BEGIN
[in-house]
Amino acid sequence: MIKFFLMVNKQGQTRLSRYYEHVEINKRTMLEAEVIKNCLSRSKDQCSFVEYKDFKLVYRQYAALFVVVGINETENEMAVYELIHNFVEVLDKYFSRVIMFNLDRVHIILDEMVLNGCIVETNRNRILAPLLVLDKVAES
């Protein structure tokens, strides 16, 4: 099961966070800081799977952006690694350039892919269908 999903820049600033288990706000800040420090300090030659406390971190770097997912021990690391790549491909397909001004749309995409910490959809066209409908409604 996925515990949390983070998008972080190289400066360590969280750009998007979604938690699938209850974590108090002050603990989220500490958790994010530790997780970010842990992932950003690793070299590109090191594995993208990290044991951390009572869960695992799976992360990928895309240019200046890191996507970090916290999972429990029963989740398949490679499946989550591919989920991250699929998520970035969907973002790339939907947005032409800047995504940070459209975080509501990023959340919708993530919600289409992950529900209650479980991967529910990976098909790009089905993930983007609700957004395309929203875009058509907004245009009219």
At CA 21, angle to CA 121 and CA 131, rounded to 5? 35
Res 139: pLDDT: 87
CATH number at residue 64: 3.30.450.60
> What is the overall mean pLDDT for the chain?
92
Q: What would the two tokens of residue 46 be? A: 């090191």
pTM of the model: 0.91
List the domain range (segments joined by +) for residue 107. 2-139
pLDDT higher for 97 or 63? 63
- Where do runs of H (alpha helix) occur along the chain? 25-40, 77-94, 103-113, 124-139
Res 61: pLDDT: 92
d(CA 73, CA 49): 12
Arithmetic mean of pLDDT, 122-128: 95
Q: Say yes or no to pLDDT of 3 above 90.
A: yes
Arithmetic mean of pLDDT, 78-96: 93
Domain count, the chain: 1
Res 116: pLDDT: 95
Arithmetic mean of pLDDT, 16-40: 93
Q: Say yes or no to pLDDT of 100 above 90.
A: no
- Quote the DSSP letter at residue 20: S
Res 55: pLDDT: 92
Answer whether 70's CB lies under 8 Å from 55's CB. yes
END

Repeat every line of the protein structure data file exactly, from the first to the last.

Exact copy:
[in-house]
Amino acid sequence: MIKFFLMVNKQGQTRLSRYYEHVEINKRTMLEAEVIKNCLSRSKDQCSFVEYKDFKLVYRQYAALFVVVGINETENEMAVYELIHNFVEVLDKYFSRVIMFNLDRVHIILDEMVLNGCIVETNRNRILAPLLVLDKVAES
């Protein structure tokens, strides 16, 4: 099961966070800081799977952006690694350039892919269908 999903820049600033288990706000800040420090300090030659406390971190770097997912021990690391790549491909397909001004749309995409910490959809066209409908409604 996925515990949390983070998008972080190289400066360590969280750009998007979604938690699938209850974590108090002050603990989220500490958790994010530790997780970010842990992932950003690793070299590109090191594995993208990290044991951390009572869960695992799976992360990928895309240019200046890191996507970090916290999972429990029963989740398949490679499946989550591919989920991250699929998520970035969907973002790339939907947005032409800047995504940070459209975080509501990023959340919708993530919600289409992950529900209650479980991967529910990976098909790009089905993930983007609700957004395309929203875009058509907004245009009219």
At CA 21, angle to CA 121 and CA 131, rounded to 5? 35
Res 139: pLDDT: 87
CATH number at residue 64: 3.30.450.60
> What is the overall mean pLDDT for the chain?
92
Q: What would the two tokens of residue 46 be? A: 């090191």
pTM of the model: 0.91
List the domain range (segments joined by +) for residue 107. 2-139
pLDDT higher for 97 or 63? 63
- Where do runs of H (alpha helix) occur along the chain? 25-40, 77-94, 103-113, 124-139
Res 61: pLDDT: 92
d(CA 73, CA 49): 12
Arithmetic mean of pLDDT, 122-128: 95
Q: Say yes or no to pLDDT of 3 above 90.
A: yes
Arithmetic mean of pLDDT, 78-96: 93
Domain count, the chain: 1
Res 116: pLDDT: 95
Arithmetic mean of pLDDT, 16-40: 93
Q: Say yes or no to pLDDT of 100 above 90.
A: no
- Quote the DSSP letter at residue 20: S
Res 55: pLDDT: 92
Answer whether 70's CB lies under 8 Å from 55's CB. yes